No test cricketer should feel his place in the side is secure.
At least that's the old line. A small group of players, with names like Hadlee, Lara, Tendulkar, Warne, Botham, Richards of recent vintage, would have been well within their rights to assume their positions were rather safer than some of their team.
But as a general rule of thumb it's a pretty decent philosophy in terms of trying to draw the best out of players.
There are New Zealand players down the years, and indeed even now, who have felt safer than they should simply because of a shortage of challengers pressing for a place.
Very few of the New Zealand squad for the two tests against Sri Lanka starting tonight should be feeling too cosy, and perhaps the player reckoning he needs to perform more than most is Kruger van Wyk.
Being New Zealand's test wicketkeeper has been a precarious business since Brendon McCullum decided two and a half years ago that he wanted to be a specialist batsman and hung up the test gloves.
Auckland captain Gareth Hopkins played four tests - one was in England four years ago, when McCullum had a back injury, plus the series in India later in 2010 - before being shunted aside. His batting average was 11.83, albeit in demanding circumstances.
Reece Young was then given a chance last year. He had five tests against Pakistan, Zimbabwe and Australia, averaged 24.14 before being abruptly cast aside, albeit after an average series across the Tasman.
And so van Wyk got his chance in Dunedin against South Africa, land of his birth, last March.
He got a lucky break, in that BJ Watling was to don the gloves and add to his eight tests - only one of which was as a specialist wicketkeeper, when he hit a century against Zimbabwe last season - only to hurt a hip the morning before the test.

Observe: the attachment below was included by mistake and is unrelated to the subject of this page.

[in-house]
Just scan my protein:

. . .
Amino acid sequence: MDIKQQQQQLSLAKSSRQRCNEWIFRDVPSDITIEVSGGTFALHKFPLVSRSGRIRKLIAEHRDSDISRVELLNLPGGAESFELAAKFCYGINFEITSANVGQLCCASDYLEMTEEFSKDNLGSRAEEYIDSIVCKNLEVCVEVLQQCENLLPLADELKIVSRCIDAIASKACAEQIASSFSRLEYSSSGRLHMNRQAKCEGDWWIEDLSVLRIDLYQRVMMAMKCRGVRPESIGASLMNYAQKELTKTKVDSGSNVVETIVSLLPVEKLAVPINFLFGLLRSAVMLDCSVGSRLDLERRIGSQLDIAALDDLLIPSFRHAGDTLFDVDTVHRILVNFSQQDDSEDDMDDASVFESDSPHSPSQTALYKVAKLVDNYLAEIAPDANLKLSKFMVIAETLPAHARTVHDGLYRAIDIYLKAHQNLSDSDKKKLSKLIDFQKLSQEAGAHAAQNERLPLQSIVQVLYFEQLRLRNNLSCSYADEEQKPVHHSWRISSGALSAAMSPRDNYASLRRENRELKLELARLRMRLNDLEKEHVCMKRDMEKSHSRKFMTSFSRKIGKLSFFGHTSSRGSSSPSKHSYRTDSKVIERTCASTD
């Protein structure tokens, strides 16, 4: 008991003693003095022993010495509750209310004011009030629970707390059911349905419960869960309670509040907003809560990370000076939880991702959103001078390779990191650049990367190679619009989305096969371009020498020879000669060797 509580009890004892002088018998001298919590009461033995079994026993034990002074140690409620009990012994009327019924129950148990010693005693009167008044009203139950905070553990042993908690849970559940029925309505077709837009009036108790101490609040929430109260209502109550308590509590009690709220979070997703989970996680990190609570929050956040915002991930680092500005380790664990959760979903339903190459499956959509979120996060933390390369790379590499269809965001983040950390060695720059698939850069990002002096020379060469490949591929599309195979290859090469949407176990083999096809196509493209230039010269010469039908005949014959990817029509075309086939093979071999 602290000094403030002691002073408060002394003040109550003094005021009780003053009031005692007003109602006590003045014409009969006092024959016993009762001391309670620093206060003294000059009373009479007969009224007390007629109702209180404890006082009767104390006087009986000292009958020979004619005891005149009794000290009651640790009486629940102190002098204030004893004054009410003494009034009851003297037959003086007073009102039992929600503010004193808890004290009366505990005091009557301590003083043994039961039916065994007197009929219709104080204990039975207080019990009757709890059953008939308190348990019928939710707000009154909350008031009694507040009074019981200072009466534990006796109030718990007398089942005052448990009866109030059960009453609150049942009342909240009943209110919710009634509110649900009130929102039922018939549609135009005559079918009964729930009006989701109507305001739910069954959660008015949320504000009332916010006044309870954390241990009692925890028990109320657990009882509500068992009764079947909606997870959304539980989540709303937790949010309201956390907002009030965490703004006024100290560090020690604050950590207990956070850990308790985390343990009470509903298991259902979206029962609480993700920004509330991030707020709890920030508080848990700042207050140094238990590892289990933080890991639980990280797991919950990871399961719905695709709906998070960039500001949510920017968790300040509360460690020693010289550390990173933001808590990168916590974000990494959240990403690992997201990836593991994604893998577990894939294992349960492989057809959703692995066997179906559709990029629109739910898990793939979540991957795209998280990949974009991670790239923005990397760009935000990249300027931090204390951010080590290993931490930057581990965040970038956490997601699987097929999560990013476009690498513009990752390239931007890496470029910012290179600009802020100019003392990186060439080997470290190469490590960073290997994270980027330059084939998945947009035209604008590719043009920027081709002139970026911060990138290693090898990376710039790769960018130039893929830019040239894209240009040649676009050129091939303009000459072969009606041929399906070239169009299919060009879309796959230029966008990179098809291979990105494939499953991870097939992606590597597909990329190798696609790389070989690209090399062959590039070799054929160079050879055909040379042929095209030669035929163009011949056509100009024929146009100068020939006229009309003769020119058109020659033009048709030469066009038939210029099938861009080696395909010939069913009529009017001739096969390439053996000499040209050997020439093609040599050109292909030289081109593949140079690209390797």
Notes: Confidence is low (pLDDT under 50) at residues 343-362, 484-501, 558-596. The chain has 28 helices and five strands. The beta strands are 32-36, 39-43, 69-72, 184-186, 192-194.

Van Wyk has been the encumbent for the past seven tests. He's averaging 23.07, his latest test, in Bangalore in August, produced a solid double of 71 and 31 and his glovework has been pretty steady.
But the little Central Districts man could be forgiven for looking over his shoulder.
There, he'll find the resurgent Watling, on the back of strong ODI batting form, plus having the keeping job in the 50-over form; and Wellington's Australian transfer Luke Ronchi.
It's not hard to find those willing to pronounce Otago captain Derek de Boorder as the best gloveman going in the domestic game. He snaffled nine catches in the draw at Hamilton this month, averages 38 in first-class cricket and has just turned 27.
Ronchi played seven limited-overs internationals for Australia in the 2008-09 season before being moved on. His game is more suited to the shorter forms. He is eligible for New Zealand from mid-January.
There are interesting times in the keeping department.
National selection manager Kim Littlejohn dropped a broad hint before the squad left for Sri Lanka about his and coach Mike Hesson's thinking. "We're about showing some faith in the players who have done the business for us. The message is about stability in building a team."
That sounds like good news for van Wyk - at least as long as he delivers a strong standard of work. A queue is building behind him.